The Big Picture

It’s all too easy to see one or two images of an artist’s work and make judgements.     If an artist has been working for many years, it is better to see the big picture.   In other words examples of work from different periods in their career,  so that we can understand more fully where they are coming from.

I was reminded of this on Wednesday when friends came to see the two large canvases I am currently working on.   Although I have known them for eight years, they hadn’t seen any of my oil paintings, and were particularly interested in a ‘Symbolic Self Portrait’ – large oil on canvas – painted in 1989, because it is so different from anything they had seen previously. 

Everything in this painting, symbolises my life.   The photograph is of a large self portrait oil painting, currently housed in Wales. 



My friends, are used to seeing me work in a spontaneous, free manner, and indeed that is how my work has evolved….however, by the mid eighties, I knew that I needed to re-hone my technical skills….I needed to bring consistency back into my painting and life, and to do that, I set myself the task of painting a series of large oils.

During this period, I had a large studio and so was able to work on several large paintings at the same time….which is my favourite way to work.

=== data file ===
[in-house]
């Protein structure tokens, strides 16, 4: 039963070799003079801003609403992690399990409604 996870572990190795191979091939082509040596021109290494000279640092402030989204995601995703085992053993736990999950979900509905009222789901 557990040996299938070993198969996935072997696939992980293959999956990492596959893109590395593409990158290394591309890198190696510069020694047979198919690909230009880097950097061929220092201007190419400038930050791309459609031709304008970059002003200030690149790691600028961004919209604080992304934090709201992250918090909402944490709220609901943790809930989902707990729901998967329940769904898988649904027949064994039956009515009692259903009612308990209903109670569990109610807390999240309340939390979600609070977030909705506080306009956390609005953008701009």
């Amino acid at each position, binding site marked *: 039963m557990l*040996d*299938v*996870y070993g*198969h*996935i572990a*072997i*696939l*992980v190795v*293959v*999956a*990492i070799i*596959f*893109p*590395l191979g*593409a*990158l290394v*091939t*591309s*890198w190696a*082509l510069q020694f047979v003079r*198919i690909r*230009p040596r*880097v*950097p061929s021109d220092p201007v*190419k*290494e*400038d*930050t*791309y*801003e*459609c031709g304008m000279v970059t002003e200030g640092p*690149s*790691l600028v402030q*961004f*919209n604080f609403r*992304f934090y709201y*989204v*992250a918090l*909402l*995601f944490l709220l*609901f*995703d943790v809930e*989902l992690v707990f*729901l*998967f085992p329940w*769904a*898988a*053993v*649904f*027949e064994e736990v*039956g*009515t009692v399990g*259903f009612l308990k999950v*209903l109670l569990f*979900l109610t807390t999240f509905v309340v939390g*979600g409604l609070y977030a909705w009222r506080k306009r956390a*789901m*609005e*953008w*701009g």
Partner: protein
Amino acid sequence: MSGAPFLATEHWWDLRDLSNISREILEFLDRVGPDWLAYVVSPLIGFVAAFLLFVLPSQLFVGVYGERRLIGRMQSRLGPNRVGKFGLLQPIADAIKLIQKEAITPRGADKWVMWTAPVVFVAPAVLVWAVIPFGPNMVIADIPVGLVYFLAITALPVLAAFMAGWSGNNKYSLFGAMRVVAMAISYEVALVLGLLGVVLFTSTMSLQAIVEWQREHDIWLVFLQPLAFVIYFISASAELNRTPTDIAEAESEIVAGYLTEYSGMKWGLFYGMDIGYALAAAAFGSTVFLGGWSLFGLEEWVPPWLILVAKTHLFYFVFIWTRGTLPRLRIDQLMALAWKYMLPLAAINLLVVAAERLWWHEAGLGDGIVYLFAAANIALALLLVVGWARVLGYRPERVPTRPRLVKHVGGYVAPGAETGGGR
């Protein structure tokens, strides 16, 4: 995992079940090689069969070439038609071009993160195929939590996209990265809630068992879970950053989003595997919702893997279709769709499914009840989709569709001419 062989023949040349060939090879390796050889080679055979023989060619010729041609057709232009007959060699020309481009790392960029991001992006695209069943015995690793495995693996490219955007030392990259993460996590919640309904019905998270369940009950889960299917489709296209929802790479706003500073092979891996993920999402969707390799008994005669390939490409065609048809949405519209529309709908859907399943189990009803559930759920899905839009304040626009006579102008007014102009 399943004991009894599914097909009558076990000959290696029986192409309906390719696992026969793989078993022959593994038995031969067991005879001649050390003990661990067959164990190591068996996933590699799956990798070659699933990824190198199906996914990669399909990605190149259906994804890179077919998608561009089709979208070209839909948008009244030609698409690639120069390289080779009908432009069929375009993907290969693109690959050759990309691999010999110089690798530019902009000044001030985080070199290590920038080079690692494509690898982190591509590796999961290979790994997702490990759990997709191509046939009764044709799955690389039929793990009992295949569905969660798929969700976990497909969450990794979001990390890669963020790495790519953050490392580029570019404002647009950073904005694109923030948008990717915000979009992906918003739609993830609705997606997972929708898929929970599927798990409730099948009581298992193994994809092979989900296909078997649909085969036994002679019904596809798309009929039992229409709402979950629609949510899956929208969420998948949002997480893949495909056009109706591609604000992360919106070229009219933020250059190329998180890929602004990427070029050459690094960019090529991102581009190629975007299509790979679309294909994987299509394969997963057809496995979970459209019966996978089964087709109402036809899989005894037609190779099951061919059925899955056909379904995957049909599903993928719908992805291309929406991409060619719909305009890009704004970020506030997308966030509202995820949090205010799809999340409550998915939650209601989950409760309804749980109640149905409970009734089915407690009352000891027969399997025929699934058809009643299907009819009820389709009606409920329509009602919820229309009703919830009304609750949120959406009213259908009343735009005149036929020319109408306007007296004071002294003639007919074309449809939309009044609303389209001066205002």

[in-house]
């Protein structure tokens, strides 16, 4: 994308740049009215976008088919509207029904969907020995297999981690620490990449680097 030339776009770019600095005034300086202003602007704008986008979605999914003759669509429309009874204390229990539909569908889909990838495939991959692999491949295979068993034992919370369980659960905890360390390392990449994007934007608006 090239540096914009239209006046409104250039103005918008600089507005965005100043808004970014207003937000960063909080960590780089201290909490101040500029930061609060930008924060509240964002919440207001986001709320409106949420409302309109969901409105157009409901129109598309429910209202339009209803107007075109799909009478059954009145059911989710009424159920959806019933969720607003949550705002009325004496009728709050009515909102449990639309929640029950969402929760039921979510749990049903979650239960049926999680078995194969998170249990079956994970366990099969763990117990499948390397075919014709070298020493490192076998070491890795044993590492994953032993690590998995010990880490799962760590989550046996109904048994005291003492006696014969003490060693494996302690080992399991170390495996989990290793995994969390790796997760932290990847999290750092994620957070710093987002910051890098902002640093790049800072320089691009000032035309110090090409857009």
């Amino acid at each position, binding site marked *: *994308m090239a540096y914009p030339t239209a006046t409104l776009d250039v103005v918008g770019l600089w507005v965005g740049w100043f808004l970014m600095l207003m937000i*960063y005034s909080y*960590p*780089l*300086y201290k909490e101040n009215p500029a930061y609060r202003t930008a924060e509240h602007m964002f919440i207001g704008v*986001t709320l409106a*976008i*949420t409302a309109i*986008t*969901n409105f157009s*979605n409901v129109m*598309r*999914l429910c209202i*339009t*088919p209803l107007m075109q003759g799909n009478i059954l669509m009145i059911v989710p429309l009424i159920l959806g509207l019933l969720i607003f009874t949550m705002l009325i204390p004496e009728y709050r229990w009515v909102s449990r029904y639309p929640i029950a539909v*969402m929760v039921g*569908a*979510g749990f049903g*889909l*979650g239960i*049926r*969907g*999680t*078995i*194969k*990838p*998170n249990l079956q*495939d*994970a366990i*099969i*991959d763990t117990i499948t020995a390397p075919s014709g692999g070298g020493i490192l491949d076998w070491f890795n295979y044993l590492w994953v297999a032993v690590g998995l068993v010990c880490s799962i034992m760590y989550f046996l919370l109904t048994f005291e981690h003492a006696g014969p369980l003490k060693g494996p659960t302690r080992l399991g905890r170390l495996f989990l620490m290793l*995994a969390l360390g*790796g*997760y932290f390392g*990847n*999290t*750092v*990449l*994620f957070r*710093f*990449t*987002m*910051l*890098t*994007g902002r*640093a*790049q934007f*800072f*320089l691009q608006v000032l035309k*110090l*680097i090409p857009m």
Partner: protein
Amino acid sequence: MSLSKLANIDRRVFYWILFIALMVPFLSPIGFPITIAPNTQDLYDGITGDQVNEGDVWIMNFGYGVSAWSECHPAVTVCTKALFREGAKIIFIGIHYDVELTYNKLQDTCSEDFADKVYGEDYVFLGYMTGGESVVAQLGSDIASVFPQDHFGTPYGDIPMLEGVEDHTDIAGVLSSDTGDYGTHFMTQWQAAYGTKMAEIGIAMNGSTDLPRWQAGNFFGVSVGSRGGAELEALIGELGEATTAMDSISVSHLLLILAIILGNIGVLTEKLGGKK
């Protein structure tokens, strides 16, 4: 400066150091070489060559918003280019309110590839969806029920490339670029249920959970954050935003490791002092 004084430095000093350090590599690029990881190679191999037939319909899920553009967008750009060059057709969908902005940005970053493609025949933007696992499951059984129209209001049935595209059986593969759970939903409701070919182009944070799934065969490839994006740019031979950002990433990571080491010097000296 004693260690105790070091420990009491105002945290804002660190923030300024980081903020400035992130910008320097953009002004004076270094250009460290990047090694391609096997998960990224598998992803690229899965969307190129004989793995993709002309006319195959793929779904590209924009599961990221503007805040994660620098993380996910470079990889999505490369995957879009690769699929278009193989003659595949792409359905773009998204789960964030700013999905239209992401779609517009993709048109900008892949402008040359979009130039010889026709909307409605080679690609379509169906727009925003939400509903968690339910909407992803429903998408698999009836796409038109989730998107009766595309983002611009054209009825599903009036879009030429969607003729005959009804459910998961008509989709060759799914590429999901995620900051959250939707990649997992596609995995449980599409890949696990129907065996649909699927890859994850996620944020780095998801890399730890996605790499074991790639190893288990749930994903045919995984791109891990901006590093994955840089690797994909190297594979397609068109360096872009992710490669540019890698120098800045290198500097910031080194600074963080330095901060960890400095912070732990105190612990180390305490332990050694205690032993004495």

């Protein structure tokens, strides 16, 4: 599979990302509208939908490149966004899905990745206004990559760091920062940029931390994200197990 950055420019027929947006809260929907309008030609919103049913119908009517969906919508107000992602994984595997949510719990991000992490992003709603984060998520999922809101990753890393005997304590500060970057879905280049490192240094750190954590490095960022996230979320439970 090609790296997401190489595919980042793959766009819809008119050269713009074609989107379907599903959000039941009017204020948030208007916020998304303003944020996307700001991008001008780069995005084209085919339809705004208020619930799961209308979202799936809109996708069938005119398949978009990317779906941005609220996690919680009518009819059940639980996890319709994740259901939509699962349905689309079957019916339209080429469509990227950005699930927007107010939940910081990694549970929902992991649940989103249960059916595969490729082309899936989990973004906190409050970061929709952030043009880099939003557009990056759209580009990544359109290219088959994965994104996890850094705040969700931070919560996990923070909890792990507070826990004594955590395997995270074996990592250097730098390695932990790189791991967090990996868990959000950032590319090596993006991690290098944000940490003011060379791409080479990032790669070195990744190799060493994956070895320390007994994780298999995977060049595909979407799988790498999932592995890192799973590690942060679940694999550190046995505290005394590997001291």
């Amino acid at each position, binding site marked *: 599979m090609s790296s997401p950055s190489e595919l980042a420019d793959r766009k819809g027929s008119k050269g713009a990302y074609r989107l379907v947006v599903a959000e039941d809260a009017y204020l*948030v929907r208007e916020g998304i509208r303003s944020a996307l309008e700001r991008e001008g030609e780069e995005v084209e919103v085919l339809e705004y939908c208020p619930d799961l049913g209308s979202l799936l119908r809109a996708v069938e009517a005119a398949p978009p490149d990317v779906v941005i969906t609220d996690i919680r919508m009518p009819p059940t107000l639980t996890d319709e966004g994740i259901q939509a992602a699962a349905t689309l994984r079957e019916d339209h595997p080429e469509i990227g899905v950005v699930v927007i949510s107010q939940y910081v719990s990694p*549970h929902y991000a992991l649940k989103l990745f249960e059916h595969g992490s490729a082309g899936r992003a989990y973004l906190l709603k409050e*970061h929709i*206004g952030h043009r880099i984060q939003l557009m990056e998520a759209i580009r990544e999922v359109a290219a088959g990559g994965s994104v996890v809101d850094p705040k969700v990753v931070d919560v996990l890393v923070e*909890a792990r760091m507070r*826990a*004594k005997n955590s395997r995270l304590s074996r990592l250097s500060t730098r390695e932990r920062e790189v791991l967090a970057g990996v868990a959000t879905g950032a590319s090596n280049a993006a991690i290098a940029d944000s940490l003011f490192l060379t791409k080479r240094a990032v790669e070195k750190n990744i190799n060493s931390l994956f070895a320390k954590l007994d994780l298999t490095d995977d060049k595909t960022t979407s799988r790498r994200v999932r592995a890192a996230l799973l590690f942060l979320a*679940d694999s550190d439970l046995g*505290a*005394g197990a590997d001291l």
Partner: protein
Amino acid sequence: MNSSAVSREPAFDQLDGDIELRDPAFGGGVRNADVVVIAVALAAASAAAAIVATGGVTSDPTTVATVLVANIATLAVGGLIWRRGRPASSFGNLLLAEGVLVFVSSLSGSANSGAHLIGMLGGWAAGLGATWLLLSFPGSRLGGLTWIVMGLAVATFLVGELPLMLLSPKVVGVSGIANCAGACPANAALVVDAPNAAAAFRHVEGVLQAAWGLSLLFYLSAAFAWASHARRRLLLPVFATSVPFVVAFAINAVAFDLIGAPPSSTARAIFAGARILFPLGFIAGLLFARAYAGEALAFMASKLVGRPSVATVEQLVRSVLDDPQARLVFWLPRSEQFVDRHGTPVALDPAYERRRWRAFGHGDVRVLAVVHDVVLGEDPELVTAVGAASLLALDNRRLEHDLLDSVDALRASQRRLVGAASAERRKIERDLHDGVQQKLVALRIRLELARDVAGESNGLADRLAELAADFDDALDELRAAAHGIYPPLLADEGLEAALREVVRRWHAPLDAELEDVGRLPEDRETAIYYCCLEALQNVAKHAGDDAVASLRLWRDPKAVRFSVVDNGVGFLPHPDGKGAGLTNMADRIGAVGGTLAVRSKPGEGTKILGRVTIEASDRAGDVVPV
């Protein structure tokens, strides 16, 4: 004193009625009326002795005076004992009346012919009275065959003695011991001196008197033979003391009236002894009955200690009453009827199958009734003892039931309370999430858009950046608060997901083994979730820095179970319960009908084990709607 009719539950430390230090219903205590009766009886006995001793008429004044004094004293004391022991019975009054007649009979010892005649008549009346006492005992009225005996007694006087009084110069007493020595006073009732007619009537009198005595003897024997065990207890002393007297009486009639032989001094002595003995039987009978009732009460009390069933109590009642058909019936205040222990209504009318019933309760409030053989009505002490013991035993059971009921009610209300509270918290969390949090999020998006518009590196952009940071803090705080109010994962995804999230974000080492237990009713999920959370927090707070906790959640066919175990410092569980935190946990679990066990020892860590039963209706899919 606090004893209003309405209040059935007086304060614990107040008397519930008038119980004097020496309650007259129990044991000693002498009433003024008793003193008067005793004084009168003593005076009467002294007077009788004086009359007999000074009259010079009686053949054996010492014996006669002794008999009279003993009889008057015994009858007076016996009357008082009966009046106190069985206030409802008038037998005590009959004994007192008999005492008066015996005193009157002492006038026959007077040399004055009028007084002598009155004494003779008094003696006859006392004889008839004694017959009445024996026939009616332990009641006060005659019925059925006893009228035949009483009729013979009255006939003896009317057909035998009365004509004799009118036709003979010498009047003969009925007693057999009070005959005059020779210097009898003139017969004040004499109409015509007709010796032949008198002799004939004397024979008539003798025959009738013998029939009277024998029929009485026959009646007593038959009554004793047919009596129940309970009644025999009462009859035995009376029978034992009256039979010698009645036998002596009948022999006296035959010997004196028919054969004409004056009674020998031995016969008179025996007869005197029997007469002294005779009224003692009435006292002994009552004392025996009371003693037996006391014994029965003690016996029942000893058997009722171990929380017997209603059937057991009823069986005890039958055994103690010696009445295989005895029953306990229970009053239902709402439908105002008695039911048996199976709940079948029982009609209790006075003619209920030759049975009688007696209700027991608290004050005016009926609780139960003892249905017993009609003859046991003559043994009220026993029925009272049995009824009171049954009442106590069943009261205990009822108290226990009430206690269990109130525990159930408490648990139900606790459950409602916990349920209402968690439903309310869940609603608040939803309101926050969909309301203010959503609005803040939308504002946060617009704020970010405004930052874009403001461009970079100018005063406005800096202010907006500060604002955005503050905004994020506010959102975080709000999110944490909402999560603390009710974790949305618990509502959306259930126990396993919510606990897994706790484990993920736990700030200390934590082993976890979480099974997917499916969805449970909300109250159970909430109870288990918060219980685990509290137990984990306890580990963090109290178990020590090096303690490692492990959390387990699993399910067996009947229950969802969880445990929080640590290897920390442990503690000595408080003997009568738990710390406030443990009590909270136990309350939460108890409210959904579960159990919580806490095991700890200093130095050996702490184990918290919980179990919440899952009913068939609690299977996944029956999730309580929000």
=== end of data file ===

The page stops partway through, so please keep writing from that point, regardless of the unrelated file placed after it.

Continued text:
Each painting started with a formal underpainting.       Given the complexity of the subject matter, this was necessary so that I could  establish a solid composition before adding colour. 

Each painting became a ‘Biographical still life portrait’ of people near and dear to me at the time. 




There were about 30 paintings in the series.     I am glad to say that they all sold, except for my Symbolic Self Portrait, which travels with me wherever I go, as a reminder of this period in my life.    

It reminds me that no matter how difficult things might be, that I can work my way through it…

This detail from a very large oil on canvas, represents my dear friend Sue Hineman.    Although Sue is no longer with us, I do have a watercolour portrait of her which always stays with me. 




Although my natural instinct is to paint in a spontaneous manner, this four year exercise was probably one of the best things I could have done.   

Like a solid underpainting, this series proved to be a new beginning and foundation block.     My observational skills were honed, and an understanding of my tools and technical ability expanded. 

During the middle of my career, working with art consultants, I completed many corporate murals, which was a great way to bring money in and at the same time give me the freedom to explore my own work.     During this period, technical know how was key….my tools had to be an extension of my body….which is why I consider these ‘quilt’ paintings to have been an important foundation block. 

This very large oil on canvas, represents two friends, Dick McClure and Jean Frohling.



As an artist’s life grows and evolves, so does their work.  

 When I returned to the Uk in 1993, and made my home in Crickhowell, Wales (the Magical Town of Crickadoon🙂 I had to focus on smaller works….namely because I was living in smaller spaces.